Successful strategies of R genes deployment rely on knowledge of the bacterial populations and their spatio-temporal variability. Thus, the aim of this study was to assess the diversity and the evolutionary dynamic of Xoo populations in Burkina Faso in order to improve their control. We describe the pathogenic and genetic characterization of a collection of 177 strains collected between 2003 and 2018 in three regions of Burkina Faso with a focus on strains collected from 2016 to 2018 in the locality of Bagré. Combining race pathotyping, MLVA analysis and TALE repertoires profiling, we show a high diversity at the scale of the country and the field and a highly dynamic evolution of some TALE. Variations in the occurrence of TALome patterns across years reveals a high potential for adaptation and brings knowledge that will be essential to anticipate resistance genes breakdown and to improve their durability.
Constitution of a Large Collection of Xoo Strains from Burkina Faso
In order to investigate the genetic structure of Xoo populations and the diversity of their TAL effector repertoires in Burkina Faso, a collection of 177 strains from two major rice producing areas was used (Table S1, Fig. 1). A total of 158 strains was isolated from leaves collected in 2016 (n = 109), 2017 (n = 37) and 2018 (n = 12) and added to 19 strains isolated between 2003 and 2012 (Table S1, Fig. 1). Species and pathovar of the isolated colonies were confirmed by leaf clipping inoculations and observation of the typical BLB symptoms 14 days after inoculation.
In the Boucle du Mouhoun region two localities were sampled: Di, in 2016 and 2018 where the incidence of the disease varied from 5 to 99.6%, and Niassan in 2011. In 2017 the incidence of the disease was low in Di and no Xoo could be isolated from the samples collected. In Di three different fields were prospected and 35 Xoo strains were isolated. In the Centre Est region, the locality of Bagré distant of 450 km from Di and the locality of Mogtédo were sampled. In Bagré where nine fields were prospected regularly between 2016 and 2018, the incidence of the disease varied from 10 to 86.5%. With the 10 strains collected in 2003, 2009 and 2012, a total of 132 strains from Bagré were isolated. In Mogtédo, a prospection was done only in 2018 and allowed to isolate only one Xoo strain.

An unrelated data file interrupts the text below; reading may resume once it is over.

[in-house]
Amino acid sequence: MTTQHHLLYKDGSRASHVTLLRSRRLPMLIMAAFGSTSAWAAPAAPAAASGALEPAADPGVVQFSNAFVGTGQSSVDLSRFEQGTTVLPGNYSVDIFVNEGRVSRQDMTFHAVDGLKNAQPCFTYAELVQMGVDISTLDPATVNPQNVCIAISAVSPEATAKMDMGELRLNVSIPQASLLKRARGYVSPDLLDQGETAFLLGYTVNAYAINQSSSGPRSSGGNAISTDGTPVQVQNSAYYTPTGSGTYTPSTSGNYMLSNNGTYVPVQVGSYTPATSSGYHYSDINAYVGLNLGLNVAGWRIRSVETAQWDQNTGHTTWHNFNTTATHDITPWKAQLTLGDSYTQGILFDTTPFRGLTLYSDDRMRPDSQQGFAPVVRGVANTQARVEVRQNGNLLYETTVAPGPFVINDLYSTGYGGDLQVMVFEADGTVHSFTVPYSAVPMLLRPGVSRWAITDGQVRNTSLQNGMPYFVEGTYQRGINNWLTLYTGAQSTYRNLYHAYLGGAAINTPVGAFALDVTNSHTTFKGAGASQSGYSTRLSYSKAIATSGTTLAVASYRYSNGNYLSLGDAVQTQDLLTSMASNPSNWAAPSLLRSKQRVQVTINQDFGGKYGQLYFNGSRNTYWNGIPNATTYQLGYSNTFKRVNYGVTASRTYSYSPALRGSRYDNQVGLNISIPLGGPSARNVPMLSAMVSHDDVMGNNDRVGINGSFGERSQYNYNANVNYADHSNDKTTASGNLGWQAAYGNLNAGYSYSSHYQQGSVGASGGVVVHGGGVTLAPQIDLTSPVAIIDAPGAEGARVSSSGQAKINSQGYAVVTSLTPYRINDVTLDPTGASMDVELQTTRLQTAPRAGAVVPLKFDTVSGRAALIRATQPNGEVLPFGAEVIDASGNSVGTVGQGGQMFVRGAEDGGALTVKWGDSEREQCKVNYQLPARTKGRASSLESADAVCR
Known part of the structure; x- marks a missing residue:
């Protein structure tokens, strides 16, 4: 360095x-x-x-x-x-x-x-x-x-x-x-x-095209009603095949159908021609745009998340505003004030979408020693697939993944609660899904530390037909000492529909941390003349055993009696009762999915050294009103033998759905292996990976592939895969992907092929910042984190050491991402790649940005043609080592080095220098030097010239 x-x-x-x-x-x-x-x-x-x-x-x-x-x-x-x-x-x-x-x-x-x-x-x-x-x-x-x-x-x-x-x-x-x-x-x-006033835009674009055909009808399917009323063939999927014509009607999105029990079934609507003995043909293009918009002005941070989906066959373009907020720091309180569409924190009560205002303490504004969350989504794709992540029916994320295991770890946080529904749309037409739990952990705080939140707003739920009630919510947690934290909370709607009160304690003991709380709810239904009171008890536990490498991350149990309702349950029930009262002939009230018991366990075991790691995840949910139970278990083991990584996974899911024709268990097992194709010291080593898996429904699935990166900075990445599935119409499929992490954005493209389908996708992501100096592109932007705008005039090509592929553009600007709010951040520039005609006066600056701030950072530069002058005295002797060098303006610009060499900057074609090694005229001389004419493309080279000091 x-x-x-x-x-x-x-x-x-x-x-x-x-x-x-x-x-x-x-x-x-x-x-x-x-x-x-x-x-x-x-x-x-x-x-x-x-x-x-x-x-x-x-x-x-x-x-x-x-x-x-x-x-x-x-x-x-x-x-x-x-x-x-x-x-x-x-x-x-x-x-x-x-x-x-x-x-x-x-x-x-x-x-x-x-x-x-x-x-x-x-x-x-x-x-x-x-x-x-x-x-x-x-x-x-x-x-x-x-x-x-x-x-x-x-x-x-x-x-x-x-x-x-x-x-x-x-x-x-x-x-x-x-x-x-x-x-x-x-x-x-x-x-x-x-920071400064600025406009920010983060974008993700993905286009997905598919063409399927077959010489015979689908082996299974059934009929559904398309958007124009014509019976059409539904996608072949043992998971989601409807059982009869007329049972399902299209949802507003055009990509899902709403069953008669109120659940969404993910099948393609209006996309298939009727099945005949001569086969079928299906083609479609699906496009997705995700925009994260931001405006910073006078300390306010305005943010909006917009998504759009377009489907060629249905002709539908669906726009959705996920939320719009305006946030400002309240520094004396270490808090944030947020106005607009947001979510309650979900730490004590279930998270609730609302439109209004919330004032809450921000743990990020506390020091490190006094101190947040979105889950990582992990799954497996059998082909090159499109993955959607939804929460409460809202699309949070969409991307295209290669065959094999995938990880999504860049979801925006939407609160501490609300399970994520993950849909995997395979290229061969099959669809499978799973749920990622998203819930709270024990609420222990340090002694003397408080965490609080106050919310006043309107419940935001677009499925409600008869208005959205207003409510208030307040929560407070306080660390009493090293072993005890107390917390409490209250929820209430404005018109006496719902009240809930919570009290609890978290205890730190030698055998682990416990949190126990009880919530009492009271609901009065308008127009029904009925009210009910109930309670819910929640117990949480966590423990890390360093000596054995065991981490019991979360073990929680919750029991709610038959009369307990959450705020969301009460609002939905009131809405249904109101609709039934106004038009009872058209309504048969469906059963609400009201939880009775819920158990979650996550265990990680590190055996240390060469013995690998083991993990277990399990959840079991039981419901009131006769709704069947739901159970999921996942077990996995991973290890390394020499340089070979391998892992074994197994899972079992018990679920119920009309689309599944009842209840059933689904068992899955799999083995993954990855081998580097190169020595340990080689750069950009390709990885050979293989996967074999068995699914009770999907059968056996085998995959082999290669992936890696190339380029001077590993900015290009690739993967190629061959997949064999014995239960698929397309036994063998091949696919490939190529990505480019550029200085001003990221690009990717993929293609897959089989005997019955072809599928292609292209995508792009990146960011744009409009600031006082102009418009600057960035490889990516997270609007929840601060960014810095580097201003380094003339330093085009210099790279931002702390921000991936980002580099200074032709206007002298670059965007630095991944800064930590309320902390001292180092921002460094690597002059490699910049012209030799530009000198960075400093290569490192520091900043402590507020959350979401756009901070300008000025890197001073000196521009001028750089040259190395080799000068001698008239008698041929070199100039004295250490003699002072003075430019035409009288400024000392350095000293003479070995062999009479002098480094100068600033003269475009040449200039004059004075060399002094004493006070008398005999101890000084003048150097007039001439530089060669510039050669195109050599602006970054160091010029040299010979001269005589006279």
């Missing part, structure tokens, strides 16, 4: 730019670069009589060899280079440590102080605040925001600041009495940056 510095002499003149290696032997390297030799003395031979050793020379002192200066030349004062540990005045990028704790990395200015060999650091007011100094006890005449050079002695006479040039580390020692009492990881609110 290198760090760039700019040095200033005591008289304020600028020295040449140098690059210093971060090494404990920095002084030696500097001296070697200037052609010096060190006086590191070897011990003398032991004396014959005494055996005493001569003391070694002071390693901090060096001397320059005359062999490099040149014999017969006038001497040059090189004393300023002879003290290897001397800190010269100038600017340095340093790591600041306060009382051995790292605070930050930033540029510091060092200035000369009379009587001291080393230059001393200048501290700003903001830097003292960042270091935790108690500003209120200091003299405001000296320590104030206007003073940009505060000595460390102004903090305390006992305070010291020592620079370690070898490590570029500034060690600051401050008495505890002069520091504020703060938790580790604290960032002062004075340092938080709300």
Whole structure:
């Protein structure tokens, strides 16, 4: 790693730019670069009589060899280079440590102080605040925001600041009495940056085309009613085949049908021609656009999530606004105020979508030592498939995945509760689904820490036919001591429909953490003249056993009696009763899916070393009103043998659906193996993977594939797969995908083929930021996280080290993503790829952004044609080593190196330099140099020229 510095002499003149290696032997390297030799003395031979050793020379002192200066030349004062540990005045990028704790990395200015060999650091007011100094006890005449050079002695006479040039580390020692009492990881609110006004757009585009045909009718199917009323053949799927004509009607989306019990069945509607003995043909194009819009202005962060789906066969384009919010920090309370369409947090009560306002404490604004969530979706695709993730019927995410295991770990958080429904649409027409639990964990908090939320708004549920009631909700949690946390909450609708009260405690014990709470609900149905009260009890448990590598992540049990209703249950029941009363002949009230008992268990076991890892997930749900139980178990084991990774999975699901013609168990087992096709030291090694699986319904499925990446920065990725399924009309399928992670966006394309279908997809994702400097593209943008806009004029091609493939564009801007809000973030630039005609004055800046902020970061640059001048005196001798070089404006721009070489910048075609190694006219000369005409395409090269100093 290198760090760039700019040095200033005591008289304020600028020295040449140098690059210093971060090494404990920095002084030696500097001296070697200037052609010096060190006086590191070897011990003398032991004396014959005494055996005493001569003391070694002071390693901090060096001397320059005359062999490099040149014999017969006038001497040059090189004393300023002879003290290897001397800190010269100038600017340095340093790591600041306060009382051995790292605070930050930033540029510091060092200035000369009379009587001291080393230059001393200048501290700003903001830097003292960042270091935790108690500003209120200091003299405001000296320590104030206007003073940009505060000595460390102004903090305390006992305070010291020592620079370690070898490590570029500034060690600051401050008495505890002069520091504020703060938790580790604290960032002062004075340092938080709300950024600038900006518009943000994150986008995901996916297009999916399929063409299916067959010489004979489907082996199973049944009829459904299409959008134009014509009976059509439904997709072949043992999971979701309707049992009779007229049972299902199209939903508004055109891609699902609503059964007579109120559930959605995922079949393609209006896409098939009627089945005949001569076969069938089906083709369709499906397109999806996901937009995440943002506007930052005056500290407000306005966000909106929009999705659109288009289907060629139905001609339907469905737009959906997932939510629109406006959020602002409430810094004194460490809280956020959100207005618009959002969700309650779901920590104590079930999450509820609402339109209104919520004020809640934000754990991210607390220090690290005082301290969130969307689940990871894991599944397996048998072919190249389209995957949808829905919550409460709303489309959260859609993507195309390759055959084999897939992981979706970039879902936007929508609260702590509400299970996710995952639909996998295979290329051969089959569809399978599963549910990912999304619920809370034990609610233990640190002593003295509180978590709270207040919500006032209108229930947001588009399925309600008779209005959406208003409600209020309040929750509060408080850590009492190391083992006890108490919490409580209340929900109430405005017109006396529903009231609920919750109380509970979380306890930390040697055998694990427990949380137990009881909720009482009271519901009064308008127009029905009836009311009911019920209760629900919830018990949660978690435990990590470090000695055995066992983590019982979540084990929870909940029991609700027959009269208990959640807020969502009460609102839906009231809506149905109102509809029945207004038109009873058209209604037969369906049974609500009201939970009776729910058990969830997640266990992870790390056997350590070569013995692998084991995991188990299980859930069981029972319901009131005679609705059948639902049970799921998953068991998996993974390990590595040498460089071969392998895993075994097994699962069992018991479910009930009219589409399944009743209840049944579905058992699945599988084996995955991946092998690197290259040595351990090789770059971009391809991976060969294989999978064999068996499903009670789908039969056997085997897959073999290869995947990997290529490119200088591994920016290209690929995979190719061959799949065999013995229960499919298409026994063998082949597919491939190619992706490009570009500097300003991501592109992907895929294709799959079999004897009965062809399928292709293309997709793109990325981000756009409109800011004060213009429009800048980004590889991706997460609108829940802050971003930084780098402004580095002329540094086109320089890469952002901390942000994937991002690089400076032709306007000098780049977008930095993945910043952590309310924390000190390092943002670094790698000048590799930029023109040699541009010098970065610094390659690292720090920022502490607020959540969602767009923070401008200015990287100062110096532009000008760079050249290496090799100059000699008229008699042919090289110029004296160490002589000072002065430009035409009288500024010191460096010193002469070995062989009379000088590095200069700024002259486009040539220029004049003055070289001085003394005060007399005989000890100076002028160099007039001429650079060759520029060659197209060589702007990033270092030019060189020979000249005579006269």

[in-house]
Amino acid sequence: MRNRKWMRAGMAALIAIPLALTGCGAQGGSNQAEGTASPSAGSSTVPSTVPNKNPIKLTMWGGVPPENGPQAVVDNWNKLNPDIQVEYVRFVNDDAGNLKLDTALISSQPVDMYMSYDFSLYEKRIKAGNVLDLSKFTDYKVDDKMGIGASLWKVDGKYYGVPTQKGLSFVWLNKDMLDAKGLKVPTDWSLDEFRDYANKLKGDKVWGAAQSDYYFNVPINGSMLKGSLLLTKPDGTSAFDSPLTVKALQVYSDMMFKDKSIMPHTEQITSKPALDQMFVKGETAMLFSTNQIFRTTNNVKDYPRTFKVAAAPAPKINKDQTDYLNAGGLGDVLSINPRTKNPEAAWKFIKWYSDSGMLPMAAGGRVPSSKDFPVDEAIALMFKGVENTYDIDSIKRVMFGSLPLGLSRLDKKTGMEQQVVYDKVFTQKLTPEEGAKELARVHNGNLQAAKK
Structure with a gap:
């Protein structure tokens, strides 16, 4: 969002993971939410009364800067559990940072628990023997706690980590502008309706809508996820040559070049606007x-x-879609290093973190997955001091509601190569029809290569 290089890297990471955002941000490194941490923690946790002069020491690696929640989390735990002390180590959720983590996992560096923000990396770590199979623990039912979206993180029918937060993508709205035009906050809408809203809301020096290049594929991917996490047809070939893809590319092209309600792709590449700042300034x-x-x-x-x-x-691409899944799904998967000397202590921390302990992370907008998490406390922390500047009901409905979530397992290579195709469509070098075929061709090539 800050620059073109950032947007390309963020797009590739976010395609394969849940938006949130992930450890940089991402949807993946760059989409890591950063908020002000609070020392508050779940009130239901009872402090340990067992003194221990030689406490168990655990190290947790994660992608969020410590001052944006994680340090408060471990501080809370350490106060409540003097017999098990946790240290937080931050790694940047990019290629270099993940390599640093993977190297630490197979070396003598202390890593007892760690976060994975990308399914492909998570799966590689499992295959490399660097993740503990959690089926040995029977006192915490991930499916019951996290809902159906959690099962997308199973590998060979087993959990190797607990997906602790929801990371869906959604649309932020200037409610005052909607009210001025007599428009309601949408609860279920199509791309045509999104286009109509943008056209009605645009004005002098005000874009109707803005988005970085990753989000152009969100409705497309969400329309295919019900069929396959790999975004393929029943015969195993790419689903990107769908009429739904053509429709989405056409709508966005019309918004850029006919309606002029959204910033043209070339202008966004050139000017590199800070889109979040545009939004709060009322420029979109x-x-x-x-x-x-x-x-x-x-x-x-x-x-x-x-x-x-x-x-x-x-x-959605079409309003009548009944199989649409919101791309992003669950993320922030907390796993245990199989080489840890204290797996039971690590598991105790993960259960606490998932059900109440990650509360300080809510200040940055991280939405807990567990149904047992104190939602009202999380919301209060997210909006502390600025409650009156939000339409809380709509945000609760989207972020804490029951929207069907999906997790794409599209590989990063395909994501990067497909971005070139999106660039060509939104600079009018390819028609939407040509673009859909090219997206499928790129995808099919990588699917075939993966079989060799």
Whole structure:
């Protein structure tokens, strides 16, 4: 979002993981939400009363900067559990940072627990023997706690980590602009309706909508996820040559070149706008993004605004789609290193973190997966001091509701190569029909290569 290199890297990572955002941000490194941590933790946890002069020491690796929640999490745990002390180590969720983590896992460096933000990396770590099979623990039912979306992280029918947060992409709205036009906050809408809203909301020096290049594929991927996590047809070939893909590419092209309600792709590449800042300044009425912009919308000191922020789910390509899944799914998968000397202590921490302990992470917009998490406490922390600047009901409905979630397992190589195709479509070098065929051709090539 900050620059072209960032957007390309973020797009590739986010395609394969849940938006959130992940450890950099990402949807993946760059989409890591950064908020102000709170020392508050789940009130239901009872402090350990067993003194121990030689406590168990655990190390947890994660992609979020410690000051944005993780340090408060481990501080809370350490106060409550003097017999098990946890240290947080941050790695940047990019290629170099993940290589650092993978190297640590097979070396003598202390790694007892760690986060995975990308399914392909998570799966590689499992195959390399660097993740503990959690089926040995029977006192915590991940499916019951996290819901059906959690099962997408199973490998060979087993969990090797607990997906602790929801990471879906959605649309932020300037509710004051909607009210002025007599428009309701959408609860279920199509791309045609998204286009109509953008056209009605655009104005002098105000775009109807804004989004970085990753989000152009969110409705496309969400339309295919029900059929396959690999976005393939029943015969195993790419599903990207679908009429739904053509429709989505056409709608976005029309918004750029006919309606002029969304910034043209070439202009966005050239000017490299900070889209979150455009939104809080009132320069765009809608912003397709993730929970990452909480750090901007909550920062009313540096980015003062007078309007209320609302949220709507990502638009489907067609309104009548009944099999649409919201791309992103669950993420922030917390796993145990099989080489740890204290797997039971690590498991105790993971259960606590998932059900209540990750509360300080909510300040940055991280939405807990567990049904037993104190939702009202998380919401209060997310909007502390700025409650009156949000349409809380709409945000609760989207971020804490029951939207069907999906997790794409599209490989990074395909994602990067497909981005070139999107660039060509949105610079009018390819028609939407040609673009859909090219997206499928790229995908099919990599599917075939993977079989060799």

MLVA Genotyping of the Burkinabe Strains
The MLVA scheme designed by Poulin et al., based on 16 microsatellites loci was optimized after resequencing of each loci of the reference Xoo strain BAI3 from Burkina Faso (Poulin et al. 2015). Four VNTR loci, Xo_G09, Xo_G15, Xo_G80, which did not reveal any tandem-repeat (TR) variation, and Xo_83, are considered to be diagnostic markers of the African strains of Xoo (n = 59) (Poulin et al. 2015). Two loci were removed because they were not useful for epidemiological purpose, Xo_G58 which contains two different types of repeats and Xo_G88 for which no amplification was obtained on Xoo strain BAI3. Our collection of African strains (n = 177) confirmed the diagnostic value of VNTRs with Xo_G09, Xo_G15, Xo_G80 and Xo_G83 being monomorphic. The resulting scheme is constituted of 10 polymorphic loci (mix 1, 2 and 3) and 4 monomorphic loci (mix 4) in Xoo strains from Burkina Faso (Table S2).